Autoreactive CD19+CD20- plasma cells contribute to disease severity of experimental autoimmune encephalomyelitis

Ding Chen, Sara J. Ireland, Laurie S. Davis, Xiangmei Kong, Ann M. Stowe, Yue Wang, Wendy I. White, Ronald Herbst, Nancy L. Monson

Research output: Contribution to journalArticlepeer-review

33 Scopus citations


The contribution of autoantibody-producing plasma cells in multiple sclerosis (MS) remains unclear. Anti-CD20 B cell depletion effectively reduces disease activity in MS patients, but it has a minimal effect on circulating autoantibodies and oligoclonal bands in the cerebrospinal fluid. Recently we reported that MEDI551, an anti-CD19 mAb, therapeutically ameliorates experimental autoimmune encephalomyelitis (EAE), the mouse model of MS. MEDI551 potently inhibits pathogenic adaptive immune responses, including depleting autoantibody-producing plasma cells. In the present study, we demonstrated that CD19 mAb treatment ameliorates EAE more effectively than does CD20 mAb. Myelin oligodendrocyte glycoprotein-specific Abs and short-lived and longlived autoantibody-secreting cells were nearly undetectable in the CD19 mAb-treated mice, but they remained detectable in the CD20 mAb-treated mice. Interestingly, residual disease severity in the CD20 mAb-treated animals positively correlated with the frequency of treatment-resistant plasma cells in the bone marrow. Of note, treatment-resistant plasma cells contained a substantial proportion of CD19+CD20- plasma cells, which would have otherwise been targeted by CD19 mAb. These data suggested that CD19+CD20- plasma cells spared by anti-CD20 therapy likely contribute to residual EAE severity by producing autoreactive Abs. In patients with MS, we also identified a population of CD19+CD20- B cells in the cerebrospinal fluid that would be resistant to CD20 mAb treatment.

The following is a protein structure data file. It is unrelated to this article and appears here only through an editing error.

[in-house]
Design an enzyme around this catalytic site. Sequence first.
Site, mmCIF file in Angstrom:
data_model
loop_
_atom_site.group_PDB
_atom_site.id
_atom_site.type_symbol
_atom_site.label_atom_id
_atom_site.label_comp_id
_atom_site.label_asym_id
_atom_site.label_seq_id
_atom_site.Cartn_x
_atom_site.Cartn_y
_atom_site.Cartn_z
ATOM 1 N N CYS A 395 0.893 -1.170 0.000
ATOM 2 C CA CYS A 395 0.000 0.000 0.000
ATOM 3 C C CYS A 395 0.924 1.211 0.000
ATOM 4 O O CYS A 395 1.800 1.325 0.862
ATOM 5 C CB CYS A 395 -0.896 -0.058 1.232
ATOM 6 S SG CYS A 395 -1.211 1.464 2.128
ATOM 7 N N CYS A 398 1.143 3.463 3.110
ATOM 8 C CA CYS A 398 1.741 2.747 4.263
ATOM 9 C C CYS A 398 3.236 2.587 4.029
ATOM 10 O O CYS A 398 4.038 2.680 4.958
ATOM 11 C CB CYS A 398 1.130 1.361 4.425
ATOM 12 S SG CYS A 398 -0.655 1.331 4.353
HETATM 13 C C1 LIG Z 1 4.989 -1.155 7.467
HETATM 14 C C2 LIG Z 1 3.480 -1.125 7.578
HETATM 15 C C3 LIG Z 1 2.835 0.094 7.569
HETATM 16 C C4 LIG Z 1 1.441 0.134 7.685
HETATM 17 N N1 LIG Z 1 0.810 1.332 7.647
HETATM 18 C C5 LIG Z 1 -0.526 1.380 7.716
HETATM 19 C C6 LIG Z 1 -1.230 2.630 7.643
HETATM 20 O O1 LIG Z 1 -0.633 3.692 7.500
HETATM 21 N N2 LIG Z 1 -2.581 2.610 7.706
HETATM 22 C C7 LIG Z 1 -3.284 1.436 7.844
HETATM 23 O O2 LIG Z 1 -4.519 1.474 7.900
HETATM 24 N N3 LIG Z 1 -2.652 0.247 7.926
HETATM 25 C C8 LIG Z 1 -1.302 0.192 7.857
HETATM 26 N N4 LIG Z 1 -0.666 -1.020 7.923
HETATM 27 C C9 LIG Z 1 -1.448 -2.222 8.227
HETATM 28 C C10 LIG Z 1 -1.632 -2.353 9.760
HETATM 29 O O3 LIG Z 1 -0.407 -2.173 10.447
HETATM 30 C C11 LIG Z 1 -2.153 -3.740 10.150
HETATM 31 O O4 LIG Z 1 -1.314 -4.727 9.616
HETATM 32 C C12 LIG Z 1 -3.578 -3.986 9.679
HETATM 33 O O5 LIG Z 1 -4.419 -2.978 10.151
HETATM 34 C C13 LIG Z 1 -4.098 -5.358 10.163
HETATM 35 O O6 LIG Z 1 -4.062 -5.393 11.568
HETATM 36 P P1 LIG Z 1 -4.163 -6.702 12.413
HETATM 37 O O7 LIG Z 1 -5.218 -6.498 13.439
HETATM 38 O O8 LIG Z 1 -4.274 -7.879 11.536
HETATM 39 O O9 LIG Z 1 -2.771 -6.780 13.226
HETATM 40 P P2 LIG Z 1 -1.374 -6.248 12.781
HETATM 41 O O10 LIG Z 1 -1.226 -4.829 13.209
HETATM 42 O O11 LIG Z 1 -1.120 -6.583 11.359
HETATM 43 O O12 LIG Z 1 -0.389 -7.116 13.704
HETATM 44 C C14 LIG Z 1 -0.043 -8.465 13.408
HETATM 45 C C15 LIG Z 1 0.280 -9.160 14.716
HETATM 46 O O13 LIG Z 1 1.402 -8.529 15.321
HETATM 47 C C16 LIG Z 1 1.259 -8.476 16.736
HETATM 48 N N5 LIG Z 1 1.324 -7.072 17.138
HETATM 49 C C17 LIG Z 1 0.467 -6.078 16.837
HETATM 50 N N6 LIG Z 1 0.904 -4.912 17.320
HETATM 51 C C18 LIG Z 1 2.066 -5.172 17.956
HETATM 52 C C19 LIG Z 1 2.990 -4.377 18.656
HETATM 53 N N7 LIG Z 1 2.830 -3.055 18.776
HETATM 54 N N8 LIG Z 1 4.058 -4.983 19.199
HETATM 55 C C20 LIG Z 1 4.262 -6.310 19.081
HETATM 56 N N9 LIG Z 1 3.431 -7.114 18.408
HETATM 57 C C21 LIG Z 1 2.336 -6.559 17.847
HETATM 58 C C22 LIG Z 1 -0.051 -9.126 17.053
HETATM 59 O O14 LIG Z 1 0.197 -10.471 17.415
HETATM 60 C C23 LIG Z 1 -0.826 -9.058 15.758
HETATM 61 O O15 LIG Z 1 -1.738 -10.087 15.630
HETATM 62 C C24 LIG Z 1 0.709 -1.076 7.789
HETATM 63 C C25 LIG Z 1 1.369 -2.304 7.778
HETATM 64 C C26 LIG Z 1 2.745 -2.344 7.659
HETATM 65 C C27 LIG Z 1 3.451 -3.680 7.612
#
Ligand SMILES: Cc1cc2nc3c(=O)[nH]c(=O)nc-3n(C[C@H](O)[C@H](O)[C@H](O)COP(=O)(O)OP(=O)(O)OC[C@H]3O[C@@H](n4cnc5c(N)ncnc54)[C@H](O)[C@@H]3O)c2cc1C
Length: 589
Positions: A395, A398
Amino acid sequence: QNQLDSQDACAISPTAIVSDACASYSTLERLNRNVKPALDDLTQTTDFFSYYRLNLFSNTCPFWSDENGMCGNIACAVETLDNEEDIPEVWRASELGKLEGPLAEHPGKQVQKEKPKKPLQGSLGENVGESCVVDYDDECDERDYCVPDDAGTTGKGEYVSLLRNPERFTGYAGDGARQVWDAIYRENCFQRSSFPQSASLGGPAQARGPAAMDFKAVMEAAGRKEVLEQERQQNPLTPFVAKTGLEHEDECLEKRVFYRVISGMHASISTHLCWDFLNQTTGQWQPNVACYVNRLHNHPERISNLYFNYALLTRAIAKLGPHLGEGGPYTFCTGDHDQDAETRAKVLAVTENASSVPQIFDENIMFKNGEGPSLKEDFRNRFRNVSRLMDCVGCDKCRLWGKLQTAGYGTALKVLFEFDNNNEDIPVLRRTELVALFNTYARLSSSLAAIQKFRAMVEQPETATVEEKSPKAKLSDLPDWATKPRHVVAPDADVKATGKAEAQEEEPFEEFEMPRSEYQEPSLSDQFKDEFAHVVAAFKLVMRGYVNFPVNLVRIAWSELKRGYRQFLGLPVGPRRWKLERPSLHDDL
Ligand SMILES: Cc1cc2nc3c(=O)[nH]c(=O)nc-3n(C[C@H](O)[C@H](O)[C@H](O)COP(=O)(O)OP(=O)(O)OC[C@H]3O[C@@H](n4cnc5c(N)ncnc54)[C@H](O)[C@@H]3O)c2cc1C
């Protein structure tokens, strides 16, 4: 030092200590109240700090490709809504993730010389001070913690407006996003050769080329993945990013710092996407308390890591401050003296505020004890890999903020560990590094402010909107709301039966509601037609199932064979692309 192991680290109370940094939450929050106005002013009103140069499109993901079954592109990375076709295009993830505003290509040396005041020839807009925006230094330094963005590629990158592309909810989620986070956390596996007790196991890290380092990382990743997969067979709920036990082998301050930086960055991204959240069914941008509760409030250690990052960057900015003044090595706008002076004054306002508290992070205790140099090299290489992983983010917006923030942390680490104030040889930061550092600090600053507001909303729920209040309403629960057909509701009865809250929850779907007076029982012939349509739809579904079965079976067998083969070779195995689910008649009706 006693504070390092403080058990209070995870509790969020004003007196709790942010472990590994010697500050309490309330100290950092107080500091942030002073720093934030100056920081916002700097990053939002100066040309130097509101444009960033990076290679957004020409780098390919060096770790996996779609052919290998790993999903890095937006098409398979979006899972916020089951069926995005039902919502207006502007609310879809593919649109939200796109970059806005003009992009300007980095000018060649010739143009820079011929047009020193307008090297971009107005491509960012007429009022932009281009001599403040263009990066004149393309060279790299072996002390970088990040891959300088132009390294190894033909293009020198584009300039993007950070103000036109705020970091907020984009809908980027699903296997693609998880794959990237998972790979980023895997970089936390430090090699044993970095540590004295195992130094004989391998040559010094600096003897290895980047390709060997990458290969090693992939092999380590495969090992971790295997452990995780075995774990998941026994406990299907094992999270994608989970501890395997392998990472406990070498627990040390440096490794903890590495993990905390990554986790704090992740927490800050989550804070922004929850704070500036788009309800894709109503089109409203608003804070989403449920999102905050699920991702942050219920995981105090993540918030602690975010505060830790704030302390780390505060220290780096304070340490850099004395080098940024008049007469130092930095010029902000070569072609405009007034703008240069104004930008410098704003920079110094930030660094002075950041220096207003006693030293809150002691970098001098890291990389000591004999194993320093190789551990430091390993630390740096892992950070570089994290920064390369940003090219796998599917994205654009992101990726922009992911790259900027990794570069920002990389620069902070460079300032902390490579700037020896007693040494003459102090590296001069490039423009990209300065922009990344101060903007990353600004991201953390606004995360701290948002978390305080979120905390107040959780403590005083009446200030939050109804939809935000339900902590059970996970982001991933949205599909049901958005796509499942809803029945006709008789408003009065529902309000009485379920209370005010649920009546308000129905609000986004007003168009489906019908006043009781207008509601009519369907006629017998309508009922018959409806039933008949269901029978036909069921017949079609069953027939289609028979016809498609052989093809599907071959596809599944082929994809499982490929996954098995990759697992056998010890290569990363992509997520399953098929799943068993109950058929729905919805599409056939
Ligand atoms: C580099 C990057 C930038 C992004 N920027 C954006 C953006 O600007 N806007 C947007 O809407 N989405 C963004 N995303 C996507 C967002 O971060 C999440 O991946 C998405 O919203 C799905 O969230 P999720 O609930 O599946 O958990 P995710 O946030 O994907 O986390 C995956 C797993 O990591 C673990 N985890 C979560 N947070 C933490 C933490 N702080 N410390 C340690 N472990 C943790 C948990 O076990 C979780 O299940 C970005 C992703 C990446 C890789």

Original languageEnglish
Pages (from-to)1541-1549
Number of pages9
JournalJournal of Immunology
Issue number4
StatePublished - Feb 15 2016

Bibliographical note

Publisher Copyright:
Copyright © 2016 by The American Association of Immunologists, Inc.

ASJC Scopus subject areas

  • Immunology and Allergy
  • Immunology


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